Republicans Sunday criticized President Obama’s plan to call for a new minimum tax rate on millionaires as “class warfare” that would do little to create new jobs and instead would hurt the small businesses that drive the economy.

“Class warfare. . .may make for good politics, but it makes a rotten economics,” Rep. Paul Ryan (R-Wisc.), chairman of the House budget committee, said on “Fox News Sunday.” “We don’t need a system that seeks to divide people. . .We need a system that creates jobs and innovation.”

Obama plans to call Monday for a new minimum tax rate on millionaires as part of a comprehensive rewrite of the U.S. tax code to force the wealthiest Americans to pay the same share of income in taxes as middle-class families.

In a twist on Obama’s long-standing assertion that the wealthy should do more to tame the soaring national debt, the proposal would target the top 0.3 percent of taxpayers, many of whom currently reap huge benefits from lower rates on capital gains and dividends, which form the bulk of their earnings.

While the idea has little chance of winning congressional approval, it could help shape a populist message for Obama and other Democrats heading into the 2012 presidential campaign.

According to a White House official who requested anonymity because the proposal has not been announced publicly, Obama plans to call it the “Buffett Rule,” after Warren E. Buffett, the billionaire investor who stepped down from the Washington Post Co. board of directors in May. Buffett has long complained that the current system taxes him at a far lower rate than his employees.

Although wages are taxed at rates ranging from 10 percent to 35 percent, investment earnings are taxed at 15 percent.

Appearing on CNN’s “State of the Union,” Sen. Lindsey Graham (R-S.C.) echoed Ryan’s characterization of the plan as class warfare, adding that it was “political move” that would do little to reduce the debt.

“The tax code should be reformed for one purpose: to generate more revenue to help run the government and create jobs,” Graham said. “When you pick one area of the economy and you say, ‘We’re going to tax those people because most people are not those people,’ that’s class warfare.”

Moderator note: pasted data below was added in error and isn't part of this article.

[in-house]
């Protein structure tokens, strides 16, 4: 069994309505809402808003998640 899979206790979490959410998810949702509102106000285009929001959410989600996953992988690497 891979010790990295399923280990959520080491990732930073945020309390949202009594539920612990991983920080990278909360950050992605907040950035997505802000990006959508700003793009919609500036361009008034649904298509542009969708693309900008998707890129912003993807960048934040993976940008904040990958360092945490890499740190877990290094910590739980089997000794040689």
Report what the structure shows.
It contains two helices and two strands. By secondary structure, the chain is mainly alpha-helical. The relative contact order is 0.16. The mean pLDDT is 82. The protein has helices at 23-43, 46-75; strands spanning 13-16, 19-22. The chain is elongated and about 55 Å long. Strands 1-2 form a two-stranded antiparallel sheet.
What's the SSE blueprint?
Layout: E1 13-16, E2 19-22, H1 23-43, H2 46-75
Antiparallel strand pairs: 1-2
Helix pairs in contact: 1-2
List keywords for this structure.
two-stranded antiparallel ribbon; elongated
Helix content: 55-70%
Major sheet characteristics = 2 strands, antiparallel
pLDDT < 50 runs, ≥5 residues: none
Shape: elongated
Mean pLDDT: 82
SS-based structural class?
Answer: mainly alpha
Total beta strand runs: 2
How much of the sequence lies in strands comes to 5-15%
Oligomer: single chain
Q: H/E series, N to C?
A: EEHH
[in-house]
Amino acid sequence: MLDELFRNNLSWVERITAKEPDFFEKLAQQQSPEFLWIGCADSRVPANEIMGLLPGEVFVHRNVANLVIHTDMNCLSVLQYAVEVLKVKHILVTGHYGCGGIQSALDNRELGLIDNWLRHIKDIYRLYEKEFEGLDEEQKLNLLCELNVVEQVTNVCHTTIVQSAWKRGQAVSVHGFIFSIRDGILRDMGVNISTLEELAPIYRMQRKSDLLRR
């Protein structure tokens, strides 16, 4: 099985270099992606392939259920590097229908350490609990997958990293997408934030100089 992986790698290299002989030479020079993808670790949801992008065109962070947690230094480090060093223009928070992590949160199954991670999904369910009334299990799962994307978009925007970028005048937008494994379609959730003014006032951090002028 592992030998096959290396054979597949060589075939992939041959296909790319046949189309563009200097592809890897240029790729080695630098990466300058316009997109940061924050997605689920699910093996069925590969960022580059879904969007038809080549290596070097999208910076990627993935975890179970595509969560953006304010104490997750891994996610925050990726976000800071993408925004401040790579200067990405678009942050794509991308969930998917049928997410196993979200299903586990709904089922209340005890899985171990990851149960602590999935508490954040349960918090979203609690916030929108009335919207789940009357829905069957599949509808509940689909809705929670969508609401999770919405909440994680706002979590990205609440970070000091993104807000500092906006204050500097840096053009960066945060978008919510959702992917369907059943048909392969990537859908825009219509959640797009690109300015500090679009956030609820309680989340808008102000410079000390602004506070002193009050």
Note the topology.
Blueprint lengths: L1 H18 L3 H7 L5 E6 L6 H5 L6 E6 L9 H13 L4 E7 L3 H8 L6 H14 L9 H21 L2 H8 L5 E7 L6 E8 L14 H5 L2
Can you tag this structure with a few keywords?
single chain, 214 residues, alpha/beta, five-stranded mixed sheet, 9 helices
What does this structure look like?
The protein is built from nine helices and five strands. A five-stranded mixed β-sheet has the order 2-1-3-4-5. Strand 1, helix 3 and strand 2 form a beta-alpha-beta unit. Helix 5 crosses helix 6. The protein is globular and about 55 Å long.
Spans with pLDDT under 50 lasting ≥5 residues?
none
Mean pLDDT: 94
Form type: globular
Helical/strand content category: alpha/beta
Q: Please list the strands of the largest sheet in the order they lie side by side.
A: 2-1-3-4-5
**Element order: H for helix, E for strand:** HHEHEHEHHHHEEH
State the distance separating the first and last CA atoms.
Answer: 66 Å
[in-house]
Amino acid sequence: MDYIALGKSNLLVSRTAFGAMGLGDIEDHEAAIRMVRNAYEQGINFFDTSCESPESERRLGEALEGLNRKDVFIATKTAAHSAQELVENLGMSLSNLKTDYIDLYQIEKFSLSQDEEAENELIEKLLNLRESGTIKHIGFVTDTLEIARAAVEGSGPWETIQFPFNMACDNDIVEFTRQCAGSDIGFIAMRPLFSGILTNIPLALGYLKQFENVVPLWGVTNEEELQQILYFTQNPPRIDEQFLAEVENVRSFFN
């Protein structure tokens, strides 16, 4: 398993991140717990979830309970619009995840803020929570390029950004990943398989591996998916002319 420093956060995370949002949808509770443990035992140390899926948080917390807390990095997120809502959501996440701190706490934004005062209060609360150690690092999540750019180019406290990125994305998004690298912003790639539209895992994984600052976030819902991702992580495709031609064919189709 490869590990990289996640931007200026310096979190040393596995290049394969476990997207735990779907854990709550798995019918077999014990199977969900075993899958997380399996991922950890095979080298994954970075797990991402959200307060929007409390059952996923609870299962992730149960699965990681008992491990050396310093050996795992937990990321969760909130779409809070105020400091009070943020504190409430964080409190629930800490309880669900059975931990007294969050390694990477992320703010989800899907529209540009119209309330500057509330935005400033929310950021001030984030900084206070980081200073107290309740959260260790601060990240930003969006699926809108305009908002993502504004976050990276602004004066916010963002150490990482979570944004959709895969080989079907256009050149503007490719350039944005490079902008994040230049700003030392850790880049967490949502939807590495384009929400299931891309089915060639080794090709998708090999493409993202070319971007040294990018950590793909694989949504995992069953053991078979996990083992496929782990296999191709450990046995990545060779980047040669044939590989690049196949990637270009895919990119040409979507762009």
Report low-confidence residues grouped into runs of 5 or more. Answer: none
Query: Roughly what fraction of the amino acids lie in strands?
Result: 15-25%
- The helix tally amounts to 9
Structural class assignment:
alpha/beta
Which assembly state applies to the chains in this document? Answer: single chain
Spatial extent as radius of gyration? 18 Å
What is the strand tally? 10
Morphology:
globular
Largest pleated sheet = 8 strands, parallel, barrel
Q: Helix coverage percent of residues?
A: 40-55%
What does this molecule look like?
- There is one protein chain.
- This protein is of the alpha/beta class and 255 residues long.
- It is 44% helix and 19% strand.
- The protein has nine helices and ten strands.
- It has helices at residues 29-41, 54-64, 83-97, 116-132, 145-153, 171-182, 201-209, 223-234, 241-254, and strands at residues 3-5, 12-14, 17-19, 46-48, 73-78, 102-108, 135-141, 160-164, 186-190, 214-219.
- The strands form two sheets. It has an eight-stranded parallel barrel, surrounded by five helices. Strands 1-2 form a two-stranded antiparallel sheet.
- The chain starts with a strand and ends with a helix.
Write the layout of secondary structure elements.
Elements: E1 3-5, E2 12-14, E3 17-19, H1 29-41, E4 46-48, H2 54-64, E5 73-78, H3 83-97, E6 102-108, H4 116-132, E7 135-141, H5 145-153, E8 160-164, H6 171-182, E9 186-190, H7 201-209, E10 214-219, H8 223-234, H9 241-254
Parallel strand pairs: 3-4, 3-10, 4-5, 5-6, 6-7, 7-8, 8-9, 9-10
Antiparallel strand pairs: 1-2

Democrats, meanwhile, defended the idea and criticized House Speaker John A. Boehner’s (R-Ohio) absolute refusal to consider any tax increases.

“I wonder if Boehner knows what it sounds like when he continues to say the position of the Republican party in America is that you can’t impose one more penny in taxes on the wealthiest people. I wonder if he understands how that sounds in Ohio to working families who are struggling paycheck to paycheck.”

Former President Bill Clinton also backed the plan during an appearance on CBS’s “Face the Nation.”

“If you look at the group that has had the biggest income increase and the benefit of most of the tax cuts of the previous eight years before the Obama administration took office, those of us in that income group, we’re in the best position to make a contribution to changing the debt structure of the country.”

White House officials would offer no details of the proposal, which will be the centerpiece of Obama’s recommendations to a special congressional committee working to craft a bipartisan debt-reduction plan before Thanksgiving. The “supercommittee” is aiming for at least $1.5 trillion in savings over the next decade, a target that will be hard to hit without significant tax increases or cuts to popular entitlement programs such as Medicare and Social Security.

In a speech last week, Boehner reiterated his opposition to new taxes. Democrats say they will not agree to entitlement cuts without new revenue, setting up the same stalemate that prevented lawmakers from agreeing to a sweeping debt-reduction package during this summer’s debate over the debt ceiling.

On Monday, Obama is expected to repeat the offer he made Boehner to find significant savings in Medicare and Medicaid, though it was unclear whether he would once again propose raising the Medicare eligibility age. Obama is not, however, expected to revive his call to trim Social Security benefits by using a new measure of inflation, a decision that has cheered liberal activists and many congressional Democrats.

Congressional Democrats were also pleased with the proposed tax on millionaires, calling it a welcome sign that Obama is ready to play hardball with Republicans who have taken the politically unpopular position of defending tax breaks for the wealthy. Republicans have long championed lower rates on capital gains as an important catalyst for investment and job growth.

Rep. Chris Van Hollen (D-Md.), a member of the debt-reduction panel, said the group will be looking at a variety of tax reform proposals and that the millionaire’s tax “should definitely be in the mix.”

Staff writer Rob Stein contributed to this report.